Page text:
Remembering the Holocaust: Lessons Learned

Illinois Holocaust Museum & Education Center, Chicago, USA.

After visiting the Ohrdruf concentration camp near Weimar, Germany in 1945, Gen. Dwight David Eisenhower, Supreme Commander of the Allied Forces recounted, “The things I saw beggar description. The visual evidence and the verbal testimony of starvation, cruelty and bestiality were so overpowering. I made the visit deliberately, in order to be in a position to give first-hand evidence of these things”. A few days ago, I visited the Illinois Holocaust Museum & Education Center to witness the legacy and to learn why it is important to memorialize the Holocaust.

We must remember that what happened between Germans and Jews, Hutus and Tutsis, Armenians and Turks can happen anywhere in the world, given the necessary conditions. Preventing genocide is a moral imperative and here at The Sentinel Project for Genocide Prevention, we believe that genocide is both predictable and preventable. After the Jewish Holocaust, world leaders pledged and promised that “Never Again” must we stand idly by while another genocide occurs, but today the same human hemorrhaging continues to happen again and again, on our watch.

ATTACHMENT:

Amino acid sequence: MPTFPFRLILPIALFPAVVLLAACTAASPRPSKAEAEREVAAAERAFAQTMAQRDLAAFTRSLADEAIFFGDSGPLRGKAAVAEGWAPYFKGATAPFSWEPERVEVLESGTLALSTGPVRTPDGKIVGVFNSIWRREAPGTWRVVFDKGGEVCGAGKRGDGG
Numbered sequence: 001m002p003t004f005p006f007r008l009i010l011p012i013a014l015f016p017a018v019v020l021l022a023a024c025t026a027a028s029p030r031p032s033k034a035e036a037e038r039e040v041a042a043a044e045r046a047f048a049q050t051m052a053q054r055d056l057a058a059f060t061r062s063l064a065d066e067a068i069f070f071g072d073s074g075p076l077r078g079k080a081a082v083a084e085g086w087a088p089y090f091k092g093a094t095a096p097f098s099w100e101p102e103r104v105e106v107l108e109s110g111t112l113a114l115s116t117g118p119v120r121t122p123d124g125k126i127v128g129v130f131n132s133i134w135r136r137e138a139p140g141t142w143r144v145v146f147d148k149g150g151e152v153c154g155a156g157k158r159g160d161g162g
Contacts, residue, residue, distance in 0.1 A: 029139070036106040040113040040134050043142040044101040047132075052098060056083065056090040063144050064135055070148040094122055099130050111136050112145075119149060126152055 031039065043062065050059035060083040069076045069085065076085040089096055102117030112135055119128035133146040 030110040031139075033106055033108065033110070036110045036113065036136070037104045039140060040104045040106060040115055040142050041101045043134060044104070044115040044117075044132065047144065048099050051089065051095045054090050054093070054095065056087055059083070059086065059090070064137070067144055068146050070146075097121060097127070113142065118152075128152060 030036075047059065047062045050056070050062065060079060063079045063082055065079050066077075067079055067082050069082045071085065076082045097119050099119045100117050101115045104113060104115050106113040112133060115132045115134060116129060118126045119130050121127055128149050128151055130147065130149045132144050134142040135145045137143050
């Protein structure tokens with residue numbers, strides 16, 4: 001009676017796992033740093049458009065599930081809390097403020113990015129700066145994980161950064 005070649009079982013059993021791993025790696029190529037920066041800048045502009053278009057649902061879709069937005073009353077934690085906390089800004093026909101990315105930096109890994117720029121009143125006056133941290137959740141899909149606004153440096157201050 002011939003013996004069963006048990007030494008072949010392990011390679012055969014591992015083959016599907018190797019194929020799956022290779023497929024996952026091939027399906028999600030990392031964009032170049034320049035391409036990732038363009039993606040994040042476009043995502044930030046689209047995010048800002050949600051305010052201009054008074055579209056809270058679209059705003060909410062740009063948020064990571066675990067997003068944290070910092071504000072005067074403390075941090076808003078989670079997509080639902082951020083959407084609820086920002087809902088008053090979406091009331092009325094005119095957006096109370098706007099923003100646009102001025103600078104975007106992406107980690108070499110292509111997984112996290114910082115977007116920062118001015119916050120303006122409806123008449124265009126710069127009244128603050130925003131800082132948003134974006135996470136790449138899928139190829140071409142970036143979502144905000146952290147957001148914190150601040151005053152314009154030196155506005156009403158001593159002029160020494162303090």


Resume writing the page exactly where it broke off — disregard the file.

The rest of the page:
It is estimated that during the twentieth century, over two hundred million people were murdered by their own governments, many of them as victims of genocide. As we remember these tragic events in our history, we must realize that the decisions we need to make to prevent future genocides from happening are clear. Protecting those who are suffering from serious and irreparable harm such as mass murder, rape and starvation, and from large scale loss of life or ‘ethnic cleansing’ is the responsibility of all of us: the international community, sovereign states, institutions and people within them. Preventing another Armenia, Bosnia, Rwanda or Sudan is up to us.

That is our choice!

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